James Allison has denied he’s the key to turning Mercedes’ form around, the Briton saying even the “great Adrian Newey would probably tell you” that it takes team effort.
Conceding after the opening race of the season, one in which Lewis Hamilton and George Russell were both 50s down on race winner Max Verstappen, that their W14 was not going to become a contender unless drastic changes were made, Mercedes announced earlier this month that Allison was back in the technical director role.
The Briton has swapped jobs with former technical director Mike Elliott, the latter taking up his vacated chief technical officer role.
But on a weekend where Mercedes introduced a raft of upgrades, changes that don’t seem to have done the trick with the drivers complaining about a lack of pace around the Baku circuit, it has pundits wondering how long it will take before Allison’s influence is felt on Mercedes’ performances.
“I think that sort of question is often asked in one form or another, and it betrays – forgive me – it betrays a certain lack of understanding of how our factories actually work,” he told the media in Baku.
“I mean, our factories, the grid’s factories. It’s many hundreds of people, a thousand-plus people in some cases.
“You don’t have one person’s hand on a car, it’s just not how it works at all. Each person puts their shoulder to the wheel, and if the whole place is well set-up and well organised, that wheel turns more and more effectively.
“Even the great Adrian Newey would probably tell you that if you pinned him down hard enough. It is a very big team effort.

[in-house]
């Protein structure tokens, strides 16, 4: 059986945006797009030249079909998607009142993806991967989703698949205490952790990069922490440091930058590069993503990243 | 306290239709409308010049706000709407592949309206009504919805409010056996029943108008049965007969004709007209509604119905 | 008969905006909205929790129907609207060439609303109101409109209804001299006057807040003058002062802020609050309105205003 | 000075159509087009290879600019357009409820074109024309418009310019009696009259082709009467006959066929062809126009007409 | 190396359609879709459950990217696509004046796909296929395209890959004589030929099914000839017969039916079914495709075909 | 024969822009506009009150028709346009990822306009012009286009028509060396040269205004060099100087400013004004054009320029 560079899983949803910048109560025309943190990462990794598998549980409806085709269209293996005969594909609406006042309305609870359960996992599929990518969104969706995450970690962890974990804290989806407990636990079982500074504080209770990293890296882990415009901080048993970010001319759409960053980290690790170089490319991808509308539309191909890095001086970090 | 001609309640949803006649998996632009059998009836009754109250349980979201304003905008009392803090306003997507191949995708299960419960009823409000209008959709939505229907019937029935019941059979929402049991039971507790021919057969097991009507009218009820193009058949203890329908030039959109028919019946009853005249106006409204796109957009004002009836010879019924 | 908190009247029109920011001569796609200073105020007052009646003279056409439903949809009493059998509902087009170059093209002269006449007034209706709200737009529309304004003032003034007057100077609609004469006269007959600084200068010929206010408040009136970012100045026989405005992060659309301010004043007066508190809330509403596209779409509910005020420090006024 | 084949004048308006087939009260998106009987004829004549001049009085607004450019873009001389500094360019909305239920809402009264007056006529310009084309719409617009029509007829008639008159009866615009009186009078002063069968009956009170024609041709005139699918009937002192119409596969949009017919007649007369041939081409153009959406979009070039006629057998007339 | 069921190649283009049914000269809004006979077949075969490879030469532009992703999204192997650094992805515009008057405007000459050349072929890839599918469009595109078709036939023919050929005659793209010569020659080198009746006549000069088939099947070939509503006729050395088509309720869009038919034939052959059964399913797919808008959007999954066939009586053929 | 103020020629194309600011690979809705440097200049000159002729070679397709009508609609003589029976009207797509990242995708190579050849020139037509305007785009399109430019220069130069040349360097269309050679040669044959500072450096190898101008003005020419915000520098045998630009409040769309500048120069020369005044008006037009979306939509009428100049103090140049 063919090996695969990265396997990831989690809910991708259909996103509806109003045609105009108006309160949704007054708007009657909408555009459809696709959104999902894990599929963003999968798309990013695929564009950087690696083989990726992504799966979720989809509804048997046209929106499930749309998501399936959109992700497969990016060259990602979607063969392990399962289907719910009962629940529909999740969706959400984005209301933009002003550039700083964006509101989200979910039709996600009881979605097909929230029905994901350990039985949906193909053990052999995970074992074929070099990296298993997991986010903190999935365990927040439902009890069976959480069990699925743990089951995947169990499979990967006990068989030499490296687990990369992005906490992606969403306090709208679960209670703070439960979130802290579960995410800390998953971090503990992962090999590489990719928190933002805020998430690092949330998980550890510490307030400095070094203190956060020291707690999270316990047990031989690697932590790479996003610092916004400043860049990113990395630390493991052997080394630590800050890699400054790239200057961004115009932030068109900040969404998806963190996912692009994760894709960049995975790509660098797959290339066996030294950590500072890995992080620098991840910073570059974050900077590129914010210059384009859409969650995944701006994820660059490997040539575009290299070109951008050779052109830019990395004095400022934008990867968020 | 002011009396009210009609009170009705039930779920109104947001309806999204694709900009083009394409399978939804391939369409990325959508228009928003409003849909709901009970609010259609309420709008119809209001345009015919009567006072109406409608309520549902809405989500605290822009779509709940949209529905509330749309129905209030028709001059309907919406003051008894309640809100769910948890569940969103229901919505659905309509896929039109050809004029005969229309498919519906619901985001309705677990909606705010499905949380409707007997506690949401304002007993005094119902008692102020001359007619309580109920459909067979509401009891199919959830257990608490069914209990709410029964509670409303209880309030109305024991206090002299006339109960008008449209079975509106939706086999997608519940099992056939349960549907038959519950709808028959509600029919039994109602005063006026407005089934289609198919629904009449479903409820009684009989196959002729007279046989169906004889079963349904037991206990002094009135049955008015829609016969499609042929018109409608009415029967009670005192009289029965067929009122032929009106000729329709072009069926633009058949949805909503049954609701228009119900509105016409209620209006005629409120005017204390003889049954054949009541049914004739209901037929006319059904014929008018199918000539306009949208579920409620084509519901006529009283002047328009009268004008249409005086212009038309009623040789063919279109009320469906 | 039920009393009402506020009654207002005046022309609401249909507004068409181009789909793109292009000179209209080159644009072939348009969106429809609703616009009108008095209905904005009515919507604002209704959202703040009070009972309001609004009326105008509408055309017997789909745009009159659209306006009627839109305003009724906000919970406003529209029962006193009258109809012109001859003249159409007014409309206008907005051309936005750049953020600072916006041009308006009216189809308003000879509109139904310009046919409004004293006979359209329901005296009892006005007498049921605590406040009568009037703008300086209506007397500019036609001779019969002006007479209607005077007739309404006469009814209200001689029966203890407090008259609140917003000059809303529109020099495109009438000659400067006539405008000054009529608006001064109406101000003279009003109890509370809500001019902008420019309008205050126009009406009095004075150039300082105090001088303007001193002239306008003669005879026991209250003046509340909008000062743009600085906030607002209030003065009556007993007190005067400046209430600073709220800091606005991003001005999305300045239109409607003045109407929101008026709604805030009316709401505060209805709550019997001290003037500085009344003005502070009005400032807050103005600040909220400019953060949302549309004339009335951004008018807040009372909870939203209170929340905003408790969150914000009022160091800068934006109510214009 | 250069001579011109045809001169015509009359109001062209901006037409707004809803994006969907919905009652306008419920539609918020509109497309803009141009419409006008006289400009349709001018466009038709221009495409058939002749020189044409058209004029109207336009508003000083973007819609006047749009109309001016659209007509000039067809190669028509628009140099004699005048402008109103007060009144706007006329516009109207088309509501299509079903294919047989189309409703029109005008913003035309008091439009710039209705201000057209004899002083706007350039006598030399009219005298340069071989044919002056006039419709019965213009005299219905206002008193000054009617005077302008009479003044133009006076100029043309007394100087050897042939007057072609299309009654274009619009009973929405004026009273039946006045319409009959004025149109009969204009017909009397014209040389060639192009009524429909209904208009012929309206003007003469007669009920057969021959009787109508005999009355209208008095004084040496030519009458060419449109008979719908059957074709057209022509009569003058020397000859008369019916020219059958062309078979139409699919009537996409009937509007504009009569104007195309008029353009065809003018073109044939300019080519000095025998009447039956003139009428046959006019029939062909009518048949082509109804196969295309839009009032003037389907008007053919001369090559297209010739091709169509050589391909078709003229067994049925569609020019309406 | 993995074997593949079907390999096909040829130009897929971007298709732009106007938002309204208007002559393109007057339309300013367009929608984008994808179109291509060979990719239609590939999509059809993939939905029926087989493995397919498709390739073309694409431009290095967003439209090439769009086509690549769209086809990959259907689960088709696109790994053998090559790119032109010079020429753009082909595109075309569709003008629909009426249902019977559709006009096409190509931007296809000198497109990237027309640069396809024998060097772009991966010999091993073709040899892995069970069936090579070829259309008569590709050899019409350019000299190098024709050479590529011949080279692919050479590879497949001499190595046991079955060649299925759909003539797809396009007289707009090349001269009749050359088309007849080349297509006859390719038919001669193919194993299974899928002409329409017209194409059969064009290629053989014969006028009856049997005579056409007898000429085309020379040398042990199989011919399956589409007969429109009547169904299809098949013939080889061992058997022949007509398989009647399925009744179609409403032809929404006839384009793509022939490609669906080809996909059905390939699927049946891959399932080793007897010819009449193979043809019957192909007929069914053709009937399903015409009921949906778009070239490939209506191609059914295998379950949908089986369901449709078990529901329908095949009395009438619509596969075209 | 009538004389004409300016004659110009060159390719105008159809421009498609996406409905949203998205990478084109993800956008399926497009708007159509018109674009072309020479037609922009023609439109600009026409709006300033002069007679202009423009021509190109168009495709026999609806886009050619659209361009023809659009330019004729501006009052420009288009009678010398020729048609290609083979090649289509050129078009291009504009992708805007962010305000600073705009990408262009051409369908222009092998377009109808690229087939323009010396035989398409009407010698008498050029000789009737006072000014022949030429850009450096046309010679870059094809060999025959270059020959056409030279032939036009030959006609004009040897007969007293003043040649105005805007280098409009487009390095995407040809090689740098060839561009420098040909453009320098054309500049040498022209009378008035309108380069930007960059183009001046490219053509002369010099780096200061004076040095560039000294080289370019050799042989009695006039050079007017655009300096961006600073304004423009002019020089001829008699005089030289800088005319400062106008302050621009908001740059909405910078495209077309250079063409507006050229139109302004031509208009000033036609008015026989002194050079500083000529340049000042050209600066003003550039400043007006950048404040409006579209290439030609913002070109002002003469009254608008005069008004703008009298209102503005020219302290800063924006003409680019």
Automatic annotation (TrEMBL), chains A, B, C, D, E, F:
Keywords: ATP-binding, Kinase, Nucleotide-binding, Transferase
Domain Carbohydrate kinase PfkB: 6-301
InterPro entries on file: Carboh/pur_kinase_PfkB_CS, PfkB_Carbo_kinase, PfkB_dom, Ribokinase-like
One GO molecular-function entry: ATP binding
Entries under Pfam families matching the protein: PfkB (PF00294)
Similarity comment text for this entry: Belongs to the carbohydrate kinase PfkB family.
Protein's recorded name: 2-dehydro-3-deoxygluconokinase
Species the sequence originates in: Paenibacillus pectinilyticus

“And when I say that Mike and I would be slightly stronger, as a pairing, the other way around, it means that we’re able to put our respective shoulders to that wheel slightly more effectively, and help it turn just a little bit faster.
“I hope that that shoulder that I’m placing on that wheel will help from this point forward, and not a W14/W15 thing. But it is just a big team effort, the whole thing.”
And for those interested in Allison’s involvement in the America’s Cup, the 55-year-old revealed he’ll still have a hand in that.
“I’ve still got a small involvement in the boat project,” he said.
“And something which a TD [technical director] would ordinarily not have the space for, but the fact that Mike and I are sharing work between us – him looking more at the long term, me fighting in the season – actually gives me a slightly smaller space than a traditional TD has to work in.
“It gives me a little bit of room to keep some continuity with a project that I put some effort into previously.”